If a portion of your site, e.g. /css is small files that are better served with brotli, and you want zstd enabled elsewhere, then configure lighttpd.conf

deflate.allowed-encodings = ("zstd","br","gzip","deflate")
$HTTP["url"] =~ "^/css/" {
    deflate.allowed-encodings = ("br","gzip","deflate")
}

I think it more likely that you might want the global setting to be deflate.allowed-encodings = ("br","gzip","deflate") and for a location with large assets to prefer zstd
deflate.allowed-encodings = ("br","gzip","deflate")
$HTTP["url"] =~ "^/large_and_highly_compressible_content/" {
    deflate.allowed-encodings = ("zstd","br","gzip","deflate")
}

Overall, I think lighttpd provides decent control of encoding preferences, but it could be better. I don't really think debating zstd vs brotli ordering is the best use of our time, so I'll consider changing deflate.allowed-encodings to specify the server preference order. I know how I would do it, but I consider doing so a lower priority feature request. (Don't expect it anytime soon.)

.

Lighttpd doesn’t need individual switches for each encoders. But it does need to be able to access Zstd and Brotli’s higher compression levels without erroring out gzip.

I do not think further overloading deflate.compression-level is the best approach. I'll try next weekend to see about sketching out per-encoder detailed configuration options.

RE: ModDeflate questions (possibly some feature requests too) - Added by gstrauss about 1 month ago

I posted some (very lightly tested) patches to my git development branch personal/gstrauss/master. Feedback appreciated.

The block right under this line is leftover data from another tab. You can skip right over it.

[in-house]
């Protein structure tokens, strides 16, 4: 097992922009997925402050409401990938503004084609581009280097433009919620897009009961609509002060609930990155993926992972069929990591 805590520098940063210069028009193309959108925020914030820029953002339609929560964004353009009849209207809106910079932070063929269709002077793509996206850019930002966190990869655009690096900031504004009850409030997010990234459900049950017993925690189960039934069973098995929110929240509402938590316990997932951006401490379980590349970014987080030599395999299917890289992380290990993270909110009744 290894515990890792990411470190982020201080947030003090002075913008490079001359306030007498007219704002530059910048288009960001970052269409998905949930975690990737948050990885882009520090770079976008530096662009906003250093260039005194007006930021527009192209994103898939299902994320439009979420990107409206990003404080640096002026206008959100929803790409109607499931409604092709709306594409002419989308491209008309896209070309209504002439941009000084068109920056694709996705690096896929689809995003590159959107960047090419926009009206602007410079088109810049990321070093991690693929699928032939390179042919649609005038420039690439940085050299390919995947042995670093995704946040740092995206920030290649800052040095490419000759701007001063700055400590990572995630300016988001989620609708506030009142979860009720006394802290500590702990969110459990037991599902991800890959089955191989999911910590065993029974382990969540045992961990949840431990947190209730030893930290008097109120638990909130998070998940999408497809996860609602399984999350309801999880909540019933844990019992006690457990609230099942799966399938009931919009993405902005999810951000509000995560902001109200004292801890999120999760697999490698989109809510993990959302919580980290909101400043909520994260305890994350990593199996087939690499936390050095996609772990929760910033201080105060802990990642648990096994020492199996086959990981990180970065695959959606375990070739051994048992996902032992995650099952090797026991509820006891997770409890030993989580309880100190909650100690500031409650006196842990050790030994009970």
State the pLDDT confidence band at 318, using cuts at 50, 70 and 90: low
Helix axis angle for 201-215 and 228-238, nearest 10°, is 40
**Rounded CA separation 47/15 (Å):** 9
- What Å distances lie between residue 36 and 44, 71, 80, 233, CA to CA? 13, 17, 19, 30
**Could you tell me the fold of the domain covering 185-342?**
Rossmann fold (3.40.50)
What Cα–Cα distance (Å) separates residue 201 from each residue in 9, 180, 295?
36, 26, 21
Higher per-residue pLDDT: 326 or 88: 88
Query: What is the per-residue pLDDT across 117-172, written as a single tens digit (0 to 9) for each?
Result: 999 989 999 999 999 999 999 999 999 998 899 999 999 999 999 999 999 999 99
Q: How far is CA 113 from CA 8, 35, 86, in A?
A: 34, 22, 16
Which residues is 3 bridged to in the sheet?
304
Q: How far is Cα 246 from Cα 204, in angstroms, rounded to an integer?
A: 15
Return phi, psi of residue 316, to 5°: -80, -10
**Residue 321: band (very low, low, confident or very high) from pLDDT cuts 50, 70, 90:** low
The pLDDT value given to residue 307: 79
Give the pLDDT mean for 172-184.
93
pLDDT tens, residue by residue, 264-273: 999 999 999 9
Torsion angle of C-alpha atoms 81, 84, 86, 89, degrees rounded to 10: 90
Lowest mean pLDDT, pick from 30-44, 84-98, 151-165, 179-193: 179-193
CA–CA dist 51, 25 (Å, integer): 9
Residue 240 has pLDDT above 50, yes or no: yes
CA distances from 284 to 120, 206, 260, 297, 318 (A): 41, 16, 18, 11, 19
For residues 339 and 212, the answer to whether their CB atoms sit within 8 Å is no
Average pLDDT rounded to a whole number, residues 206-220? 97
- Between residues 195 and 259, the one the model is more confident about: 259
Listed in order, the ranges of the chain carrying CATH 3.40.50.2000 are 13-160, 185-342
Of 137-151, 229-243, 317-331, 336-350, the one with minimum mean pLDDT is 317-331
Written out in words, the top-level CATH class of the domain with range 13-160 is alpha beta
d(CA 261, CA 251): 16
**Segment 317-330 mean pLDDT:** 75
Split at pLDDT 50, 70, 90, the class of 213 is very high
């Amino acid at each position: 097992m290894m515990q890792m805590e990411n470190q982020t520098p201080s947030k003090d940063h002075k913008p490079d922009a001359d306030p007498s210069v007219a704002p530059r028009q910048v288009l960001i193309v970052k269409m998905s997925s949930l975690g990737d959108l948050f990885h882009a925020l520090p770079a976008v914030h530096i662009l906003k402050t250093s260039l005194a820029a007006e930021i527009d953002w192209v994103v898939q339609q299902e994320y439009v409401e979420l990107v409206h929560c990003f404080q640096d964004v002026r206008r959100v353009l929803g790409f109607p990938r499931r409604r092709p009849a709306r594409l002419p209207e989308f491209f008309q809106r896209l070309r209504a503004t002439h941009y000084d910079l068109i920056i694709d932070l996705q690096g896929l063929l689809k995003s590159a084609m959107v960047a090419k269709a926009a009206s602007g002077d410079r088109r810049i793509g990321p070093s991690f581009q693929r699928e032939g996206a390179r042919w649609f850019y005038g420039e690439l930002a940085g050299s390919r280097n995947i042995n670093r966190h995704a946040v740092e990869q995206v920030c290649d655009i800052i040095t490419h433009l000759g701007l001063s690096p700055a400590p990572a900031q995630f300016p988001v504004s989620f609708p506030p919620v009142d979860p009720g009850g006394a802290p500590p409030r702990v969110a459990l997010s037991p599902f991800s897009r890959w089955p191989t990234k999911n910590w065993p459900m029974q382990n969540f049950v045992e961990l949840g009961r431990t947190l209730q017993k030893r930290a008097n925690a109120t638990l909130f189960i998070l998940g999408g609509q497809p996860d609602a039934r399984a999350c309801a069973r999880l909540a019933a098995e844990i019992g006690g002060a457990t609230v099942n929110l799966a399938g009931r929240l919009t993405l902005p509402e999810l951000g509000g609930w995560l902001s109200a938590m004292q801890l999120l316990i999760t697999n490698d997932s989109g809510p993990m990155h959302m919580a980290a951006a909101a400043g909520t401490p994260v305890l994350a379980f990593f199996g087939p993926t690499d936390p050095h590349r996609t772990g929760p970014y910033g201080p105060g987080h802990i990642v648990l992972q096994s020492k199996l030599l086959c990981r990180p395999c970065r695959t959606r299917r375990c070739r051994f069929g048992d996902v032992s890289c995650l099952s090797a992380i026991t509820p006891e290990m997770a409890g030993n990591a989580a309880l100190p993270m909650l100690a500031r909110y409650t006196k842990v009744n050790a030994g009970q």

Aside: I am still not convinced that any of these changes are necessary or have any real impact, and that lighttpd can already be configured effectively when using zstd is desired (or else zstd should not be configured). That said, since lighttpd 1.4.56, lighttpd generally parses configuration options into more structured data at startup, so the runtime impact is minimal for adding the features being discussed in this topic (as sketched out in the patches on my development branch).

.

An interesting discussion of brotli and zstd can be found in the Mozilla issue tracker feature request (still open) for zstd support in Firefox
https://bugzilla.mozilla.org/show_bug.cgi?id=1301878

RE: ModDeflate questions (possibly some feature requests too) - Added by da about 1 month ago

gstrauss wrote in RE: ModDeflate questions (possibly some feature requests ...:

I posted some (very lightly tested) patches to my git development branch personal/gstrauss/master. Feedback appreciated.

On line 563 in commit 47ca6c9e6e:

This should probably say USE_GZIP and not USE_ZSTD.

On commit 47ca6c9e6e":

Maybe normalize the name as clevel instead of using quality for Brotli? It’s the same thing using different terminologies, and using one name would reduce configuration errors (e.g. setting quality on one of the other or clevel on Brotli.)